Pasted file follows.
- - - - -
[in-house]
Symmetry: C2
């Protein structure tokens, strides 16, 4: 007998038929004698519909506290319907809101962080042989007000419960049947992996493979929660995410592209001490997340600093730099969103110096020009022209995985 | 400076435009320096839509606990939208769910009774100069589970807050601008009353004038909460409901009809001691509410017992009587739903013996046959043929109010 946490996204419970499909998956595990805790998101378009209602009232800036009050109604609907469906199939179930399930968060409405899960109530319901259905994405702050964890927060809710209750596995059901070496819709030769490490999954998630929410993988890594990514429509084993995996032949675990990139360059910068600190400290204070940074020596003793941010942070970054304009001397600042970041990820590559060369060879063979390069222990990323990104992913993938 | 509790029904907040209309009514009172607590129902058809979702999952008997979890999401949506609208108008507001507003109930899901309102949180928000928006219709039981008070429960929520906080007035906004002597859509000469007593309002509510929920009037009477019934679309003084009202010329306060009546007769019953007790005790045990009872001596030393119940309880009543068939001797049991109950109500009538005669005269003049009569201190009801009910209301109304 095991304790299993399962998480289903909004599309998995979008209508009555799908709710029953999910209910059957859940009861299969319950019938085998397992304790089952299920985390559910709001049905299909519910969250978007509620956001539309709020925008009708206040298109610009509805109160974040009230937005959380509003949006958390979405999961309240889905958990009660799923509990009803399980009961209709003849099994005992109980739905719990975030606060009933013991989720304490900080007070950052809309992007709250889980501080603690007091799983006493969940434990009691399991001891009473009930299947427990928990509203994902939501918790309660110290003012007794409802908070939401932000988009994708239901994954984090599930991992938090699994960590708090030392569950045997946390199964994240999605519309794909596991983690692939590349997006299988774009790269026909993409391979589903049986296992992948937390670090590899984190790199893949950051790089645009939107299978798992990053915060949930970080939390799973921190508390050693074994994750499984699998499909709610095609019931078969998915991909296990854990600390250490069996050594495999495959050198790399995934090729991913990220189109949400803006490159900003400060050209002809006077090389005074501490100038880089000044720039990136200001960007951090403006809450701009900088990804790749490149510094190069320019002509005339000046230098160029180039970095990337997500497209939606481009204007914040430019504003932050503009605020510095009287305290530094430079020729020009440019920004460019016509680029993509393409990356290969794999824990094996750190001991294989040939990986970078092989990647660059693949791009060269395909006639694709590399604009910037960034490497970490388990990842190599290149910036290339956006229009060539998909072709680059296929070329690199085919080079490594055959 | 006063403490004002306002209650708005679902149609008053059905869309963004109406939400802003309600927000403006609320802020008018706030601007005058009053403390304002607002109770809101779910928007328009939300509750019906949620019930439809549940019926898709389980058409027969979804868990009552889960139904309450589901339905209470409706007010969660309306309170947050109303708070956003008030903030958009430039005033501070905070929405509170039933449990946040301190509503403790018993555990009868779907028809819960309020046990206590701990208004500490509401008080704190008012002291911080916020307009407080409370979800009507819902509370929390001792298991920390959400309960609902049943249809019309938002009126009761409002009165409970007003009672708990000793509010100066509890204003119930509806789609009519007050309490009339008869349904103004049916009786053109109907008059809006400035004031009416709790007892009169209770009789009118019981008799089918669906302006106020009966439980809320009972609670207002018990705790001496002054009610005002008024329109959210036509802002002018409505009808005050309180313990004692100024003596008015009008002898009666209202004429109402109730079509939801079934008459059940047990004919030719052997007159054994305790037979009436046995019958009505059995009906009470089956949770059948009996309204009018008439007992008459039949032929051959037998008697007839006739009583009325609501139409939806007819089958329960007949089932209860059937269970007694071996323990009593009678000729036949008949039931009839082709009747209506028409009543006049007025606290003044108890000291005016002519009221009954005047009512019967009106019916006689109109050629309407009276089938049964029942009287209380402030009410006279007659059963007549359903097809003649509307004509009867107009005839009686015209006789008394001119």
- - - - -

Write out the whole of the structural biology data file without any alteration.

[in-house]
Symmetry: C2
């Protein structure tokens, strides 16, 4: 007998038929004698519909506290319907809101962080042989007000419960049947992996493979929660995410592209001490997340600093730099969103110096020009022209995985 | 400076435009320096839509606990939208769910009774100069589970807050601008009353004038909460409901009809001691509410017992009587739903013996046959043929109010 946490996204419970499909998956595990805790998101378009209602009232800036009050109604609907469906199939179930399930968060409405899960109530319901259905994405702050964890927060809710209750596995059901070496819709030769490490999954998630929410993988890594990514429509084993995996032949675990990139360059910068600190400290204070940074020596003793941010942070970054304009001397600042970041990820590559060369060879063979390069222990990323990104992913993938 | 509790029904907040209309009514009172607590129902058809979702999952008997979890999401949506609208108008507001507003109930899901309102949180928000928006219709039981008070429960929520906080007035906004002597859509000469007593309002509510929920009037009477019934679309003084009202010329306060009546007769019953007790005790045990009872001596030393119940309880009543068939001797049991109950109500009538005669005269003049009569201190009801009910209301109304 095991304790299993399962998480289903909004599309998995979008209508009555799908709710029953999910209910059957859940009861299969319950019938085998397992304790089952299920985390559910709001049905299909519910969250978007509620956001539309709020925008009708206040298109610009509805109160974040009230937005959380509003949006958390979405999961309240889905958990009660799923509990009803399980009961209709003849099994005992109980739905719990975030606060009933013991989720304490900080007070950052809309992007709250889980501080603690007091799983006493969940434990009691399991001891009473009930299947427990928990509203994902939501918790309660110290003012007794409802908070939401932000988009994708239901994954984090599930991992938090699994960590708090030392569950045997946390199964994240999605519309794909596991983690692939590349997006299988774009790269026909993409391979589903049986296992992948937390670090590899984190790199893949950051790089645009939107299978798992990053915060949930970080939390799973921190508390050693074994994750499984699998499909709610095609019931078969998915991909296990854990600390250490069996050594495999495959050198790399995934090729991913990220189109949400803006490159900003400060050209002809006077090389005074501490100038880089000044720039990136200001960007951090403006809450701009900088990804790749490149510094190069320019002509005339000046230098160029180039970095990337997500497209939606481009204007914040430019504003932050503009605020510095009287305290530094430079020729020009440019920004460019016509680029993509393409990356290969794999824990094996750190001991294989040939990986970078092989990647660059693949791009060269395909006639694709590399604009910037960034490497970490388990990842190599290149910036290339956006229009060539998909072709680059296929070329690199085919080079490594055959 | 006063403490004002306002209650708005679902149609008053059905869309963004109406939400802003309600927000403006609320802020008018706030601007005058009053403390304002607002109770809101779910928007328009939300509750019906949620019930439809549940019926898709389980058409027969979804868990009552889960139904309450589901339905209470409706007010969660309306309170947050109303708070956003008030903030958009430039005033501070905070929405509170039933449990946040301190509503403790018993555990009868779907028809819960309020046990206590701990208004500490509401008080704190008012002291911080916020307009407080409370979800009507819902509370929390001792298991920390959400309960609902049943249809019309938002009126009761409002009165409970007003009672708990000793509010100066509890204003119930509806789609009519007050309490009339008869349904103004049916009786053109109907008059809006400035004031009416709790007892009169209770009789009118019981008799089918669906302006106020009966439980809320009972609670207002018990705790001496002054009610005002008024329109959210036509802002002018409505009808005050309180313990004692100024003596008015009008002898009666209202004429109402109730079509939801079934008459059940047990004919030719052997007159054994305790037979009436046995019958009505059995009906009470089956949770059948009996309204009018008439007992008459039949032929051959037998008697007839006739009583009325609501139409939806007819089958329960007949089932209860059937269970007694071996323990009593009678000729036949008949039931009839082709009747209506028409009543006049007025606290003044108890000291005016002519009221009954005047009512019967009106019916006689109109050629309407009276089938049964029942009287209380402030009410006279007659059963007549359903097809003649509307004509009867107009005839009686015209006789008394001119």